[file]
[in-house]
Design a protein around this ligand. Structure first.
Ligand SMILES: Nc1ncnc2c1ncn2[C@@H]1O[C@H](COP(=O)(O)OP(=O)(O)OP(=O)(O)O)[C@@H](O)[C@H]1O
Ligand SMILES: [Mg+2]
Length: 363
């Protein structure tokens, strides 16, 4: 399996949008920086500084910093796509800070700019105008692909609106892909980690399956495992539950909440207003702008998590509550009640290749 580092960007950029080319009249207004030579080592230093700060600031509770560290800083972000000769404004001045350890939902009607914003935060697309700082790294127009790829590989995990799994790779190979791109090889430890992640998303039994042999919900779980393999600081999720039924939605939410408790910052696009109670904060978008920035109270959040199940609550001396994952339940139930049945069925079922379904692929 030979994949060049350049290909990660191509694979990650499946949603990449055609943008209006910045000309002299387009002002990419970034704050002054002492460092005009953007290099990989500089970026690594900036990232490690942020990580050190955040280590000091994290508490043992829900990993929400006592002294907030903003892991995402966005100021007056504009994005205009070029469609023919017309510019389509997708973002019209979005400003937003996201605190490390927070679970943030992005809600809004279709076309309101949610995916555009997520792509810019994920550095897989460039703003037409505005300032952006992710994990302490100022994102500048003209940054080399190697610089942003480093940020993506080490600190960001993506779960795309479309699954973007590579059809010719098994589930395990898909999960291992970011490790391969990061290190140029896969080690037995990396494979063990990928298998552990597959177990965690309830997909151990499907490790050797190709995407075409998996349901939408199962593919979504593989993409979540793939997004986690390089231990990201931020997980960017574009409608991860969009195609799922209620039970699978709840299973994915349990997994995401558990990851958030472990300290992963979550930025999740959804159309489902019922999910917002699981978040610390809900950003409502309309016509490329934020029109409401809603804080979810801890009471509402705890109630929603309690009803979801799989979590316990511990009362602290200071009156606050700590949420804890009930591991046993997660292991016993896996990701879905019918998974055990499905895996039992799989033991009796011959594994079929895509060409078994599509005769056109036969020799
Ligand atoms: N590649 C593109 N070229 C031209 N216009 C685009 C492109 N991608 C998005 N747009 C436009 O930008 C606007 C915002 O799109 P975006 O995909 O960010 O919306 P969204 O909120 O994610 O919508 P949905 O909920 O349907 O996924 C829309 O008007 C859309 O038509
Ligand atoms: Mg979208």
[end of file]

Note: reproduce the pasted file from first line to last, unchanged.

[in-house]
Design a protein around this ligand. Structure first.
Ligand SMILES: Nc1ncnc2c1ncn2[C@@H]1O[C@H](COP(=O)(O)OP(=O)(O)OP(=O)(O)O)[C@@H](O)[C@H]1O
Ligand SMILES: [Mg+2]
Length: 363
């Protein structure tokens, strides 16, 4: 399996949008920086500084910093796509800070700019105008692909609106892909980690399956495992539950909440207003702008998590509550009640290749 580092960007950029080319009249207004030579080592230093700060600031509770560290800083972000000769404004001045350890939902009607914003935060697309700082790294127009790829590989995990799994790779190979791109090889430890992640998303039994042999919900779980393999600081999720039924939605939410408790910052696009109670904060978008920035109270959040199940609550001396994952339940139930049945069925079922379904692929 030979994949060049350049290909990660191509694979990650499946949603990449055609943008209006910045000309002299387009002002990419970034704050002054002492460092005009953007290099990989500089970026690594900036990232490690942020990580050190955040280590000091994290508490043992829900990993929400006592002294907030903003892991995402966005100021007056504009994005205009070029469609023919017309510019389509997708973002019209979005400003937003996201605190490390927070679970943030992005809600809004279709076309309101949610995916555009997520792509810019994920550095897989460039703003037409505005300032952006992710994990302490100022994102500048003209940054080399190697610089942003480093940020993506080490600190960001993506779960795309479309699954973007590579059809010719098994589930395990898909999960291992970011490790391969990061290190140029896969080690037995990396494979063990990928298998552990597959177990965690309830997909151990499907490790050797190709995407075409998996349901939408199962593919979504593989993409979540793939997004986690390089231990990201931020997980960017574009409608991860969009195609799922209620039970699978709840299973994915349990997994995401558990990851958030472990300290992963979550930025999740959804159309489902019922999910917002699981978040610390809900950003409502309309016509490329934020029109409401809603804080979810801890009471509402705890109630929603309690009803979801799989979590316990511990009362602290200071009156606050700590949420804890009930591991046993997660292991016993896996990701879905019918998974055990499905895996039992799989033991009796011959594994079929895509060409078994599509005769056109036969020799
Ligand atoms: N590649 C593109 N070229 C031209 N216009 C685009 C492109 N991608 C998005 N747009 C436009 O930008 C606007 C915002 O799109 P975006 O995909 O960010 O919306 P969204 O909120 O994610 O919508 P949905 O909920 O349907 O996924 C829309 O008007 C859309 O038509
Ligand atoms: Mg979208």